Writing in a Film Age is a collection of ten essays in which novelists describe the influence of film on their work. Keith Cohen provides a 44-page general introduction, a brief and informative biographical and critical introduction to each novelist, and a concluding bibliography and filmography listing works by and films that have influenced each novelist.
While Cohen, in his preface, rejoices in "the intellectual diversity and broad cultural spectrum" of his collection, the books and films with which it is concerned are in fact deadeningly uniform. Cohen's ten novelists—William S. Burroughs, Marguerite Duras, Alain Robbe-Grillet, Alexander Kluge, Ronald Sukenick, Jorge Luis Borges, Jonathan Baumbach, Ben Stolzfus, Manuel Puig, and Pier Paolo Pasolini—can all (with the possible exception of Pasolini) be loosely categorized as first generation avant-garde postmodernists. The films they (and Cohen) find praiseworthy are almost exclusively works either of traditional modernism or of the International Art Cinema of the 1960s and 1970s. Conspicuously absent from his collection are most of the significant literary trends of the past thirty years (dirty realism, ethnic literature, feminism, magic realism, punk), most sorts of film (Hollywood films are barely mentioned), and almost any sort of film theory.
It is difficult to imagine an audience for this book. Cohen's polemical introduction is not likely to impress either literary or film scholars with its theoretical sophistication. Purportedly drawing on Plato and Burroughs (!), Cohen finds in his collection an overall interest in the "relationship between visual signs and verbal signs" in connection with the "content of consciousness." Instead of pursuing this admittedly interesting philosophical issue (for example, by consulting Gilles Deleuze's Cinema 1 and Cinema 2 which explain the historical [End Page 1005] relation between the movement-image and the time-image using the ideas of Henri Bergson, C.S. Peirce, Sergei Eisenstein, and others), Cohen merely concludes, with Burroughs, that "consciousness is a cut-up and life is a cut-up."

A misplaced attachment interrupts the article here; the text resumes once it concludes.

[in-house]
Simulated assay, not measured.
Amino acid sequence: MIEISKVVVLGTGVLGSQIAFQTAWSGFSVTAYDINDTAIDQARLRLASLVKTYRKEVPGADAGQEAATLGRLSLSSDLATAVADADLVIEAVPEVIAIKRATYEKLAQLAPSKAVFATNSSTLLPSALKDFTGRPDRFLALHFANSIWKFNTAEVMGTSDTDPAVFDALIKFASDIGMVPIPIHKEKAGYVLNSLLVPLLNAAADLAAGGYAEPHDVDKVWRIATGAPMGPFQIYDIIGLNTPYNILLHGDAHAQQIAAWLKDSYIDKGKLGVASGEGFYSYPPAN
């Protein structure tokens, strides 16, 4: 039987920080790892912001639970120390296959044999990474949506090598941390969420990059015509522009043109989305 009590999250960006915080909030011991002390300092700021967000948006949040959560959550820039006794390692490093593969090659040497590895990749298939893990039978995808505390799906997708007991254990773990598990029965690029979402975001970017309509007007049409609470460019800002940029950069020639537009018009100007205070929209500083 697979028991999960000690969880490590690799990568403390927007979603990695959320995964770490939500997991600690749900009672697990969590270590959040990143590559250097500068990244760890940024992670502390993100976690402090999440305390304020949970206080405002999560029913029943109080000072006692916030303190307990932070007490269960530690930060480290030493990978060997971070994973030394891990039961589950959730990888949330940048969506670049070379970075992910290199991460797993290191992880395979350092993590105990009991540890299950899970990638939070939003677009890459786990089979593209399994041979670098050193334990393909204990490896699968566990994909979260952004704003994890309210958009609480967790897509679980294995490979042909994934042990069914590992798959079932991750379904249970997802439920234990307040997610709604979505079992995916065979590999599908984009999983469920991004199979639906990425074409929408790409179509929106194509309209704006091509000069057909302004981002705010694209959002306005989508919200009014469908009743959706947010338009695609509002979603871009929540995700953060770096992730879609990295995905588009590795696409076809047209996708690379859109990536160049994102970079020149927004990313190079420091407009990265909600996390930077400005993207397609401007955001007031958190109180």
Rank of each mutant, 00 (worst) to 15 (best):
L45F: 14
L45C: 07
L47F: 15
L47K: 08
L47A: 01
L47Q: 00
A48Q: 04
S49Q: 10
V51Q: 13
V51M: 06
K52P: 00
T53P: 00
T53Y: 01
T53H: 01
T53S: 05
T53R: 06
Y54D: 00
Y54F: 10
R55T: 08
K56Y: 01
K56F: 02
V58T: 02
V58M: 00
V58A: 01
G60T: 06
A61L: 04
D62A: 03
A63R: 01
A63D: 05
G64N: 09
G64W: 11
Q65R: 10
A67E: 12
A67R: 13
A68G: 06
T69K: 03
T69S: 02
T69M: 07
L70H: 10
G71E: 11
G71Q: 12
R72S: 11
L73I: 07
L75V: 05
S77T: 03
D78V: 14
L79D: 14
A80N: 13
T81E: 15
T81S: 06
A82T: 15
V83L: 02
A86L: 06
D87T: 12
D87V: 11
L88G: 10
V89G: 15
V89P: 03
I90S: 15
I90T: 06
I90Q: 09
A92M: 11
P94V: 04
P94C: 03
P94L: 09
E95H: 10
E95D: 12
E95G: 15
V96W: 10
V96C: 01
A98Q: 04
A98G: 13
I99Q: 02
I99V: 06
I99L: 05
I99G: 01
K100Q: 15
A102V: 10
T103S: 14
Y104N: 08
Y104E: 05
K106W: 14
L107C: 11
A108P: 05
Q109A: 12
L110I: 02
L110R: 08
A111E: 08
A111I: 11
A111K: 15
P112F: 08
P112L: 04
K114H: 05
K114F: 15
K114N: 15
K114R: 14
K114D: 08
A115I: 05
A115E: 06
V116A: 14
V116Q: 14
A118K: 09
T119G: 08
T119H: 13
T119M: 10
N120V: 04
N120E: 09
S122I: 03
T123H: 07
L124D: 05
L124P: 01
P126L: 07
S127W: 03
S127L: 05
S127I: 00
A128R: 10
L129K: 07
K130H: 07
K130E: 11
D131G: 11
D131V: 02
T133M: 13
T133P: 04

Such simple conclusions abound in Cohen's book. Throughout the introduction and in many of the essays, questionable beliefs are unproblematically asserted, usually to support the idea of an uncomplicated individual consciousness, the salutary expansion of which then becomes the noble work of great novelists and filmmakers. For Cohen, the latter group achieves this expansion by means of such stock art-film devices as repetition, montage, and the visualization of characters' memories. The long-take, deep-focus, moving-camera style of Hollywood film presumably leaves individual consciousness no larger than it finds it.
In fact the dull predictability that Cohen claims to find in Hollywood cinema might be more appropriately attributed to his own ruling assumptions. Cohen's theoretical paradigm toes the traditional structuralist and High Modernist line, employing the concepts of such practitioners as early Barthes, Genette, Iser, Proust, and Joyce. Again and again, Cohen and his essayists set a heroic experimentalist-aesthete against a vulgar herd of critics and industry functionaries. While he calls for a revolutionary "openness to the processes in the other arts," he seems quite content with the singularly constricting assumptions of an elitist group whose reputation continues to decline.
The lone exception to this pattern in Cohen's book is Pasolini's "Aspects of a Semiology of the Cinema" (1967), reprinted from Louise Barnett's and Ben Lawton's Heretical Empiricism. This essay, despite its age, remains challenging and experimental. Though Saussurean structuralism no longer carries the power it did 25 years ago, Pasolini's critique of its goals remains valid; his essay raises key questions about theory, film, and aesthetics. If all Cohen's essays were this insightful, his book would have come far nearer to achieving its commendable interdisciplinary goals.